Health Canada has given the green light to Pfizer’s COVID-19 vaccine, a key step toward launching the biggest inoculation program in the country’s history.
The department announced the approval Wednesday after scientists finished a two-month review of the company’s clinical trial data.
“The data provided supports favourably the efficacy of Pfizer-BioNTech COVID-19 vaccine as well as its safety,” the regulator said in its report authorizing use in Canada.
“The efficacy of the vaccine was established to be approximately 95 per cent. The vaccine was well tolerated by participants and has no important safety concerns. The benefit-to-risk assessment for Pfizer-BioNTech COVID-19 vaccine is considered favourable.”
Public health and government officials will hold a briefing to discuss details of the vaccine rollout at 1 p.m. ET in Ottawa. CBCNews.ca will carry the press conference live.
Long-term care homes to be among first to get vaccine
On Monday, Prime Minister Justin Trudeau announced that several hundred thousand doses of the Pfizer COVID-19 vaccine would be available in Canada before the end of the year — shots primarily earmarked for long-term care home residents and the staff working there.
Maj.-Gen. Dany Fortin, the military commander who is leading vaccine logistics for the Public Health Agency of Canada, has previously said the national operations centre would be ready to deploy vaccines shortly after they are approved in Canada.
Fortin has been leading a series of dry runs with the provinces and territories to ensure they are prepared to distribute the extremely temperature-sensitive Pfizer shot, which must be stored at temperatures between –80 C and –60 C.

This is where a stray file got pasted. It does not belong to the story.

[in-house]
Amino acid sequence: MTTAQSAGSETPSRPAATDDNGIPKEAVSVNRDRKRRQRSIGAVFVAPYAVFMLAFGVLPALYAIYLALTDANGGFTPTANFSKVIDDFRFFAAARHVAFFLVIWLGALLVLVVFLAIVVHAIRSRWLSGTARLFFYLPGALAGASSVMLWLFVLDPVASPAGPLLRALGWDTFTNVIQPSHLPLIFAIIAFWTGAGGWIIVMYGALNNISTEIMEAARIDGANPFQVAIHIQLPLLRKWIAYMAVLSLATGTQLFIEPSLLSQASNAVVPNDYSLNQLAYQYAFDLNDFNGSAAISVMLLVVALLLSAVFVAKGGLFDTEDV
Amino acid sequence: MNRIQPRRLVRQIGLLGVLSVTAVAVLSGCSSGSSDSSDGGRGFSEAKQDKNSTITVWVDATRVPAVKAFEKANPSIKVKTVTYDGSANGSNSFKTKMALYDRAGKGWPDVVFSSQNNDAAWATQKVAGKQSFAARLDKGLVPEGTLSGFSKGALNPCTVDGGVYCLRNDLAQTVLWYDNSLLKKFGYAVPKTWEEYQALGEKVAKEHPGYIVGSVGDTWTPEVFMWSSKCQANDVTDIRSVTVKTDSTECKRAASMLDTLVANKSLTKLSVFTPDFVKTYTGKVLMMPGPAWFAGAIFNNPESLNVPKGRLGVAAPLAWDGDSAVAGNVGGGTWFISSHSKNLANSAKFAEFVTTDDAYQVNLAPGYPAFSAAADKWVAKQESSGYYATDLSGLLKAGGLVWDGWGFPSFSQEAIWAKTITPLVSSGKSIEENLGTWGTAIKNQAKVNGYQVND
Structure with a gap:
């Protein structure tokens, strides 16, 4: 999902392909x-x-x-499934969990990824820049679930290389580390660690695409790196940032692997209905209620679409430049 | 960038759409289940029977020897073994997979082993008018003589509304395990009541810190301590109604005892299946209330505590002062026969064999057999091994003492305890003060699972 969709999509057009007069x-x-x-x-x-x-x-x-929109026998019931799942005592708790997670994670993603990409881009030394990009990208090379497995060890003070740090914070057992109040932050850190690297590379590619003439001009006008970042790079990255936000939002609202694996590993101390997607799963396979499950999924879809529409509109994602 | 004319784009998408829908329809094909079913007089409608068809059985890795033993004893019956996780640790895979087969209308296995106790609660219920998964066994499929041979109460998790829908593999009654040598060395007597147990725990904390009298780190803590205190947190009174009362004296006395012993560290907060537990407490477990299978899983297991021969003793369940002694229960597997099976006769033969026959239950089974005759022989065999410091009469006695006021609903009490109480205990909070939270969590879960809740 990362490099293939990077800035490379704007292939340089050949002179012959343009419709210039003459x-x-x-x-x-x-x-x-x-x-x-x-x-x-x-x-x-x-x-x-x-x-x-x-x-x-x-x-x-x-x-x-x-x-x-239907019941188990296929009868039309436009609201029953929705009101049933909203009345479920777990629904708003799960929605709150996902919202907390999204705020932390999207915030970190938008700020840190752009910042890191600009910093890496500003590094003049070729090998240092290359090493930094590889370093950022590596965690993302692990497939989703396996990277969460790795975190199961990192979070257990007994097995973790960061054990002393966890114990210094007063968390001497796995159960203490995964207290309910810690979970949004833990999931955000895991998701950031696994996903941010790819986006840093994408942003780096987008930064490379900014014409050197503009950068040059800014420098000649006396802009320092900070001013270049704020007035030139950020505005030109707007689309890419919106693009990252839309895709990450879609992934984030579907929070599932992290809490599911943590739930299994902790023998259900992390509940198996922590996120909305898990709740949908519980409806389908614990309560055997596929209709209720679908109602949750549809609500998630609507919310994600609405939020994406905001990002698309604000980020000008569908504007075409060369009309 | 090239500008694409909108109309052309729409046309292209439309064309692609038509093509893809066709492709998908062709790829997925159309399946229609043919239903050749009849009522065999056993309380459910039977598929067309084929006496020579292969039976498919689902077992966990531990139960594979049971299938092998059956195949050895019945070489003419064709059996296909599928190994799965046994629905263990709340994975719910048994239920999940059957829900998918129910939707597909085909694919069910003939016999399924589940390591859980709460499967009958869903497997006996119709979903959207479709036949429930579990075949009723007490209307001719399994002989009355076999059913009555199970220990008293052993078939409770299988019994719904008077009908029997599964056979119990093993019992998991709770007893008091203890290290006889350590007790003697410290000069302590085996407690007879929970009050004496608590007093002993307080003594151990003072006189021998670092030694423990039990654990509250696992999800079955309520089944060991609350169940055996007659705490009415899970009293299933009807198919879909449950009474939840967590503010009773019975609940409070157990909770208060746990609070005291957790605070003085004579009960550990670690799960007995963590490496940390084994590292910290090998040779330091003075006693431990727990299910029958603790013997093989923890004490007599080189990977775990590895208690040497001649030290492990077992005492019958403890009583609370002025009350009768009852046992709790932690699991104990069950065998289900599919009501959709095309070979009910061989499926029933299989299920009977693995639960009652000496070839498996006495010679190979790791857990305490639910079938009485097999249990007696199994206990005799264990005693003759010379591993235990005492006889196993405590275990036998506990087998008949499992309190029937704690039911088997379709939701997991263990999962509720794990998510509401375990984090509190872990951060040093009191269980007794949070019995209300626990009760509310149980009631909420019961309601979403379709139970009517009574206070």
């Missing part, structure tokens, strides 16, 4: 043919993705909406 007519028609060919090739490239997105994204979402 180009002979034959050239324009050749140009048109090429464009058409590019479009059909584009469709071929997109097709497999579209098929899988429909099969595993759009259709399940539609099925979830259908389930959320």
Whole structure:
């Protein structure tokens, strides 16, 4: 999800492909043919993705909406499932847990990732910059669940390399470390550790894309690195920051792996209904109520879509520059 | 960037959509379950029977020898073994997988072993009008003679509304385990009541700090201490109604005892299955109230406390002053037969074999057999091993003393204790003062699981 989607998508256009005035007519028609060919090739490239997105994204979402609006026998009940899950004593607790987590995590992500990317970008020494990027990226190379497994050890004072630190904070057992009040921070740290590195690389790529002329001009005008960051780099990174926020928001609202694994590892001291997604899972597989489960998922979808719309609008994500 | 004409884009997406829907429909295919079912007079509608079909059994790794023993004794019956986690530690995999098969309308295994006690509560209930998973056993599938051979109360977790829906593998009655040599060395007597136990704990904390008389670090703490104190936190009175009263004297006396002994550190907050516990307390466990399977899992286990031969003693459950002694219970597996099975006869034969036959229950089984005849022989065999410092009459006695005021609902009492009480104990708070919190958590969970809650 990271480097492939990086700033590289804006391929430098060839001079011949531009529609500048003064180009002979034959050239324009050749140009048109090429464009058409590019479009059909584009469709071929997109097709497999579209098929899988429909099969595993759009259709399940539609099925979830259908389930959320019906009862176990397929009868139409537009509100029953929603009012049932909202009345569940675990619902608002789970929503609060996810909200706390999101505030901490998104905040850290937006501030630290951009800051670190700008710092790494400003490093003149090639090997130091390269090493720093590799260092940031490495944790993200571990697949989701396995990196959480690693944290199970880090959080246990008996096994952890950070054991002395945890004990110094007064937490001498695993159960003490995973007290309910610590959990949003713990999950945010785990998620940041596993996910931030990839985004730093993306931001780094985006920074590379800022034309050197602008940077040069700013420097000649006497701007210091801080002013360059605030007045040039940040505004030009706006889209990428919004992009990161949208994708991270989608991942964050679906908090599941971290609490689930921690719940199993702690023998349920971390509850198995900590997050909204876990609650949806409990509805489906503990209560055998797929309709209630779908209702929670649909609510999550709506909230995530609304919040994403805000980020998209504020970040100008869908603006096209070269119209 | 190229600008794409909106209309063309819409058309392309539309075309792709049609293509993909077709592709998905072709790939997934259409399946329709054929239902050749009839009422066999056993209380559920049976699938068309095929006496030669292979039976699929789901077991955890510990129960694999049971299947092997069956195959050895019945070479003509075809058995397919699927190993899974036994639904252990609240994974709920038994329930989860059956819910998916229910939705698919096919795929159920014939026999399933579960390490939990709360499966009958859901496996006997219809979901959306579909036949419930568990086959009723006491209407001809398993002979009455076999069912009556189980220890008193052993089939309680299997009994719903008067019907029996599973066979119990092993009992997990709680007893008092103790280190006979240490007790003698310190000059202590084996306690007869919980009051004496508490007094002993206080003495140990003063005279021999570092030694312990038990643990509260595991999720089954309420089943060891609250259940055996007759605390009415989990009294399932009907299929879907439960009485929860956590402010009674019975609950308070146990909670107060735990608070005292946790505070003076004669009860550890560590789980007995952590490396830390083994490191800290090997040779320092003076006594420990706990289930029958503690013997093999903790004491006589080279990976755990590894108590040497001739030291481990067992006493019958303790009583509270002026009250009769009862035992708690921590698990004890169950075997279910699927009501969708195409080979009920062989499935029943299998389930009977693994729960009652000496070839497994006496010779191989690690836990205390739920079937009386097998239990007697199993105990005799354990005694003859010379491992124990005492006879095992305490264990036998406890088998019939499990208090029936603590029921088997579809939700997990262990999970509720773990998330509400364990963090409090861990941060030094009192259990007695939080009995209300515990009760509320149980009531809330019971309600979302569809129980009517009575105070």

Canada is expected to take delivery next week of vaccines produced in Puurs, a small town in the north of Belgium that will be churning out hundreds of millions of doses of the co-developed Pfizer-BioNTech vaccine for the Europe Union, Canada, Japan and the United Kingdom over the next 12 months.
Inoculation to take months
Trudeau said up to 249,000 doses of the two-dose vaccine will be on hand by year’s end to start the mass inoculation campaign, which is expected to take many months to complete.
The first doses will arrive as some provinces — notably Alberta, Manitoba, Ontario and Quebec — grapple with a sharp increase in COVID-19 cases and deaths.
Because the Pfizer product is so temperature sensitive, Pfizer is shipping it directly from its plants to 14 points of use throughout Canada to limit movement and keep the vaccine stable.
The vaccines will be distributed to jurisdictions on a per-capita basis, meaning each province will receive vaccine doses in numbers proportionate to its share of the population. The vaccine will not be sent to the territories for the time being as they now lack the capacity to safely store the Pfizer product.
While the exact location of each of the 14 distribution centres has not yet been disclosed, some provinces, including Newfoundland & Labrador, have said the Pfizer product will be stored at major hospitals in urban areas
Trudeau is meeting with premiers virtually Thursday, with vaccine distribution, health care funding and improving long-term care facilities on the agenda.